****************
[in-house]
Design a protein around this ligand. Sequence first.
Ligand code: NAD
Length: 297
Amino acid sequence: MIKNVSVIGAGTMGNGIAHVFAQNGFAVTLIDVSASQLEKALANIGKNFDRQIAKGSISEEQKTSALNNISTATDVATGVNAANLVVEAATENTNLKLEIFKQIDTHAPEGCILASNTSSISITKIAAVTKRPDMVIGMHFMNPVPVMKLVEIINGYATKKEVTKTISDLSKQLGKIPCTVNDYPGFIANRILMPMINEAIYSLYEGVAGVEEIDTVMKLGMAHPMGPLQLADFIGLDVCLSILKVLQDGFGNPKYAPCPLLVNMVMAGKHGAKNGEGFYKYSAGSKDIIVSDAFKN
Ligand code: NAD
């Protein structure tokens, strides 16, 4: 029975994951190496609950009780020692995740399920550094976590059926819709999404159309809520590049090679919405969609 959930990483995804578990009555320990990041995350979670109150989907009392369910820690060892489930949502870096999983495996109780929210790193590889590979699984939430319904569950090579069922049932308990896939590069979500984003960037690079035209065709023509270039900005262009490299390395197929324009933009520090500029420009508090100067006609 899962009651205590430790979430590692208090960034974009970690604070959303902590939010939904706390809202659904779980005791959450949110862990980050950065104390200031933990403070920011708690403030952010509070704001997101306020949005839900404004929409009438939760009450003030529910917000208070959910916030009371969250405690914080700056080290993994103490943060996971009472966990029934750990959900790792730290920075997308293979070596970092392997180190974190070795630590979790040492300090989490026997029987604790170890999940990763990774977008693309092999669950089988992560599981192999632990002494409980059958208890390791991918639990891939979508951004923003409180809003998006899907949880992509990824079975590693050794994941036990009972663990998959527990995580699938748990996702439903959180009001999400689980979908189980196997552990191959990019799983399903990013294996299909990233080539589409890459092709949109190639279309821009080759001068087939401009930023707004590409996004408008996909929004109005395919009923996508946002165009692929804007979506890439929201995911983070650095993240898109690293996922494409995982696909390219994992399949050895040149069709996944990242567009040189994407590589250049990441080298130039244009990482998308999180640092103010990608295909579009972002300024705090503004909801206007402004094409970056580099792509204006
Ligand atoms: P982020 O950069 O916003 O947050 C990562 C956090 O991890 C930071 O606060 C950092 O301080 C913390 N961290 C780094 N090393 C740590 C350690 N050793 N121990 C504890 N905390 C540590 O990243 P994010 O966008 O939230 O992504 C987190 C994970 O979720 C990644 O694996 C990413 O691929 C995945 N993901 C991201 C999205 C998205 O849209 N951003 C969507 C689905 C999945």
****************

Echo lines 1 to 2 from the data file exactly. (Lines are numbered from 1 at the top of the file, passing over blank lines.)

[in-house]
Design a protein around this ligand. Sequence first.